Urban Concepts

Looking at the latest events in smart mobility, it’s easy to see that we’re in a dilemma. On the one hand, more and more of us are moving to the cities. The UN predicts that by 2050 about 75% of humanity will live in urban agglomerations. At the same time, we are becoming increasingly aware that urban space is too precious to devote much of it to an inefficient mode of transport such as the car. The car as the preferred individual means of transport is responsible for air pollution, noise and represents a risk for users and other road users. We need new, sustainable form of mobility.

“We need new and sustainable forms of mobility.”

In 2017, Greenpeace conducted a study with a city ranking on sustainable mobility in Germany. The study examined the 14 largest German cities in the development of sustainable mobility. In addition, the progress made in Freiburg was analysed as a best practice example. The results of the study are listed here. These results are based on the insight that we have a lot of room for improvement in all cities.

And that is why we want to go one step further on in our “Urban Concepts” section. It is clear that German cities woke up at the latest when the Leipzig Higher Regional Court ruled in early 2018. No city leader wants to put up with the accusation that they have not done enough for the health of their own inhabitants. Nobody wants driving bans for diesel vehicles. No matter whether in the centres with OEMs like Munich, Cologne or Stuttgart or in Düsseldorf, Berlin or Hamburg.

What makes them successful, these mobility concepts? Is it the rethinking and promotion of bicycle structures, electric mobility or local public transport? Which challenges can cities face most easily today in order to persuade people to take action with so-called “quick wins”? Or which concepts simply cannot be financed? It is clear that there must be an intelligently linked mix of the most diverse mobility actions. This is the only way to achieve a sustainable transport turnaround. And this mix must also integrate the commercial requirements in the cities. Even though the ruling of the Higher Regional Court in Leipzig explicitly allowed certain exceptions, especially for commercial diesel drivers, the proportion of commercial journeys in urban traffic is too significant to rest on the laurels of potential exceptions for commercial traffic.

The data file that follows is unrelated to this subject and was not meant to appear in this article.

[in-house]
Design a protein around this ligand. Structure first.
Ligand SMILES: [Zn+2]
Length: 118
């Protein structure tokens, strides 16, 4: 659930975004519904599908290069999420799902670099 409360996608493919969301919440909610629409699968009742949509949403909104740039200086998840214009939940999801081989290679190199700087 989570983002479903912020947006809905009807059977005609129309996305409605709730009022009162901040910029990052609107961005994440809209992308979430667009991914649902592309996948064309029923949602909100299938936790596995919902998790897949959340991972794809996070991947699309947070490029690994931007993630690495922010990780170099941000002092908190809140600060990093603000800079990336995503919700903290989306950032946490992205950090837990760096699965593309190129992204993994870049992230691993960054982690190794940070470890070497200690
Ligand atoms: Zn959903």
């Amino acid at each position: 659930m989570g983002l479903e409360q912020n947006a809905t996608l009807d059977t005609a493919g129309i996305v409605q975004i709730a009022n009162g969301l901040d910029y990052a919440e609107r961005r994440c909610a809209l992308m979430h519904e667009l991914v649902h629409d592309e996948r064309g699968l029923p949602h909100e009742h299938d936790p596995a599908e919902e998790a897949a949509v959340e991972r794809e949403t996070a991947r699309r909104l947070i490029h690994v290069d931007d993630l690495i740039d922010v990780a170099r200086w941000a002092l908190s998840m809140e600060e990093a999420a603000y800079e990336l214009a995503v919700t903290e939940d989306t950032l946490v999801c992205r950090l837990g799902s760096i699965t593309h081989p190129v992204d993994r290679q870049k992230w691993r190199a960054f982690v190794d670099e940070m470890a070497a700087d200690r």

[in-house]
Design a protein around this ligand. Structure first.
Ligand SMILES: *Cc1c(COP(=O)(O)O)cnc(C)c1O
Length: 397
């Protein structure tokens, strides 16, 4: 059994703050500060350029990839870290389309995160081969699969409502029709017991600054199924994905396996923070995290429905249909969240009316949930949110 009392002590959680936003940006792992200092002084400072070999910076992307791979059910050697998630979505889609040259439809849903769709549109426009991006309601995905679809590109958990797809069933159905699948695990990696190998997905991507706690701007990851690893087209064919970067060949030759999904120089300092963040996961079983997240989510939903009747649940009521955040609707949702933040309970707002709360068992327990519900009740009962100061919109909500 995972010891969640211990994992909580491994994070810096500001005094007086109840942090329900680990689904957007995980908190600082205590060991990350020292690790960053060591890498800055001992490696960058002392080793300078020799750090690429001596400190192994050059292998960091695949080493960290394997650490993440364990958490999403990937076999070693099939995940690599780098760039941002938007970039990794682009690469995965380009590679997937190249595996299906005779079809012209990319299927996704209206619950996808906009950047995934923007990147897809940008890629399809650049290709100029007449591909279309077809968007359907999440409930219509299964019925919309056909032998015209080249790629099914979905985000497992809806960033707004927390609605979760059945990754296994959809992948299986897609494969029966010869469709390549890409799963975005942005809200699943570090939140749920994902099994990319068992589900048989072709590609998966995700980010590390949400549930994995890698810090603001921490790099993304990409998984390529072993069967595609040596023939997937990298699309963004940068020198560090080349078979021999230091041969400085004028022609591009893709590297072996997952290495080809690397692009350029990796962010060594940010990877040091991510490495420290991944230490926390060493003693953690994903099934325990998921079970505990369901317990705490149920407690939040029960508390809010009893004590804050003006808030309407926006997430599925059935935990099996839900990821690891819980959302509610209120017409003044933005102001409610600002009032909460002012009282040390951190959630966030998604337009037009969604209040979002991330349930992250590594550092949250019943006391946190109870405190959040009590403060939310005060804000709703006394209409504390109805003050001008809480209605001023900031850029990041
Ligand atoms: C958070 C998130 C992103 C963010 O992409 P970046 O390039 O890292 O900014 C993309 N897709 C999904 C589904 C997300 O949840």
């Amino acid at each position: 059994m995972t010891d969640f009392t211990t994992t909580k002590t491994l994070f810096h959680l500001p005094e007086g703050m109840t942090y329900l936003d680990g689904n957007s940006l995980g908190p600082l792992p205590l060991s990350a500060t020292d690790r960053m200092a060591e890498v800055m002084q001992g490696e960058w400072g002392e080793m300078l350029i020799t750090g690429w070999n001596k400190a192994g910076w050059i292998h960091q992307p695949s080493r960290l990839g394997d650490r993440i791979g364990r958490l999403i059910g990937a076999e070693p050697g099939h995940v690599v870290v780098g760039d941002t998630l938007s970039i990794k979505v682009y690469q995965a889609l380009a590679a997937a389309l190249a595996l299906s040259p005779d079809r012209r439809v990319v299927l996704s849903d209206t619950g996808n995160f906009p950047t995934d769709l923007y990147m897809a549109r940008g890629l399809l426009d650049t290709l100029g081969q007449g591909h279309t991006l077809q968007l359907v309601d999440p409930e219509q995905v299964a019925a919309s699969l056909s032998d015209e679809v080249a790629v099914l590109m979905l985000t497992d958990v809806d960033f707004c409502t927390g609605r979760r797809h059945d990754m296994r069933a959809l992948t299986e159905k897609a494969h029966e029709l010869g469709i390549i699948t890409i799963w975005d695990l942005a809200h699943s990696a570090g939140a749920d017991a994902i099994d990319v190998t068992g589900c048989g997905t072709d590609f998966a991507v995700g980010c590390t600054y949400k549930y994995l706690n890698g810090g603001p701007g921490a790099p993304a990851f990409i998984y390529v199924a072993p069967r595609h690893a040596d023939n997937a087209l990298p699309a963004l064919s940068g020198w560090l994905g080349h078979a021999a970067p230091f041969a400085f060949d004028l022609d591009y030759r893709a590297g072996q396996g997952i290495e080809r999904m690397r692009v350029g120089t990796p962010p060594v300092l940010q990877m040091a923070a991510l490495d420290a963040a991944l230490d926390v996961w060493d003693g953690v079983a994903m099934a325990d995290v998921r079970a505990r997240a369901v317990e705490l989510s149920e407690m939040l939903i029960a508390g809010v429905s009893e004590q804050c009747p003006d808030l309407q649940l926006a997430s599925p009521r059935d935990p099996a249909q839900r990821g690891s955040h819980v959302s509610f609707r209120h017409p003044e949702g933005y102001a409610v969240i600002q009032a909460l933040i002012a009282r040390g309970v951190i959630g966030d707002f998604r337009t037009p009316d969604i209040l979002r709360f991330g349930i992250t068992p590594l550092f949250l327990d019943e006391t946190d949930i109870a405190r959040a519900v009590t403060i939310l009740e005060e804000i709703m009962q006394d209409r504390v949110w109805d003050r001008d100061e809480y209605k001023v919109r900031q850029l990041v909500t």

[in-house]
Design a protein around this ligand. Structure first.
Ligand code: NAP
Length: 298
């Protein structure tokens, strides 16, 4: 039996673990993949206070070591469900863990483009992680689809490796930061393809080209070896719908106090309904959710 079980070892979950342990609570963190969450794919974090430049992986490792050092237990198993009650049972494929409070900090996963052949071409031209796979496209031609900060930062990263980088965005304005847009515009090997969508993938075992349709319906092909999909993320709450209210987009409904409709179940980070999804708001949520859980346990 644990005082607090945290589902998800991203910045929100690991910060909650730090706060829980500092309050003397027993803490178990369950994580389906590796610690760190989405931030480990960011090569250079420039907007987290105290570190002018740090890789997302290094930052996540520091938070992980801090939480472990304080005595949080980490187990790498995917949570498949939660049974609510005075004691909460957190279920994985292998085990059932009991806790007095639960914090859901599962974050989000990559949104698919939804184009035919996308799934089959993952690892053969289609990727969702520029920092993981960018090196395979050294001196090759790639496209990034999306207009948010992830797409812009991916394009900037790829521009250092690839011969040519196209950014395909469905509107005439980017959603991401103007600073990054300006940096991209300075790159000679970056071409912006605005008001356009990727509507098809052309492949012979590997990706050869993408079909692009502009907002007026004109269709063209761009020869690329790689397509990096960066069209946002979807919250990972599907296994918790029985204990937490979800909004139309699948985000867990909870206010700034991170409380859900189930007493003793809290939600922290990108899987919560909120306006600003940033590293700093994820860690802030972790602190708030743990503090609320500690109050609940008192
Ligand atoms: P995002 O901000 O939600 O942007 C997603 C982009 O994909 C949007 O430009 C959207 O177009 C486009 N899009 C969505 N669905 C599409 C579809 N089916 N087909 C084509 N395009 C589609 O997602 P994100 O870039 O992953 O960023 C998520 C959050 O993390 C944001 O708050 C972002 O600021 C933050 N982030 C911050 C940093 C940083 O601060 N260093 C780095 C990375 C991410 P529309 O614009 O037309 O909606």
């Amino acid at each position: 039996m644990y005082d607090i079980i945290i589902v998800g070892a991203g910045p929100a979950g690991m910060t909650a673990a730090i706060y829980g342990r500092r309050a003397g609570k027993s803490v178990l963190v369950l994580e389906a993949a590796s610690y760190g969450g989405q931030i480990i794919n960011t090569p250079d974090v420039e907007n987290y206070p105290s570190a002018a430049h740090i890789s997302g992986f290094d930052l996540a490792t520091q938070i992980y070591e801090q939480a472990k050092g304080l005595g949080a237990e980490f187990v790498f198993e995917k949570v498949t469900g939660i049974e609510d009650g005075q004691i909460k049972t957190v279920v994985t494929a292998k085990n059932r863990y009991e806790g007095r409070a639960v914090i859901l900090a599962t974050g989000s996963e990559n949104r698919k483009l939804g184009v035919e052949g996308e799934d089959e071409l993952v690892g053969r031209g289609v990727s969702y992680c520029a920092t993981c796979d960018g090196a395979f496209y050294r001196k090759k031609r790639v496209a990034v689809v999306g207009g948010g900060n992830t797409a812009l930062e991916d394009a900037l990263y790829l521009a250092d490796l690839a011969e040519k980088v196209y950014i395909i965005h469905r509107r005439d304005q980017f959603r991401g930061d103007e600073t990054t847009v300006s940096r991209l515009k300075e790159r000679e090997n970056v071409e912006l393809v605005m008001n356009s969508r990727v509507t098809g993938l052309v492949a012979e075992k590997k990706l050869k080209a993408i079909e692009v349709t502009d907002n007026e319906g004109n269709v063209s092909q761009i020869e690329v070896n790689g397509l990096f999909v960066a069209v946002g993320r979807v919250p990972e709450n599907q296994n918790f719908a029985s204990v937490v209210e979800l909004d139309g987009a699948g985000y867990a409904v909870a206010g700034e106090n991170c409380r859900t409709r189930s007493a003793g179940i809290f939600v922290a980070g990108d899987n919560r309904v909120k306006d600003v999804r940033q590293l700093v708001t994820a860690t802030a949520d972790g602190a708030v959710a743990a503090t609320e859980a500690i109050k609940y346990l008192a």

In our search for the successful building blocks of a sustainable mobility turnaround for our cities, we have looked for worldwide examples. This search is a journey that will probably never quite end. And it opens up exciting glimpses of some smaller projects that have left a lasting impression on us.

“75 Percent of humans of mankind lives in urban agglomerations by 2050.”

Follow us as we discover the mobility champions among cities. Sustainable and often initiated by great people. Driven by mayors and individual interest groups. Innovations from start-ups or established companies – the new form of mobility knows no boundaries. And the time has come for these mobility concepts to be implemented.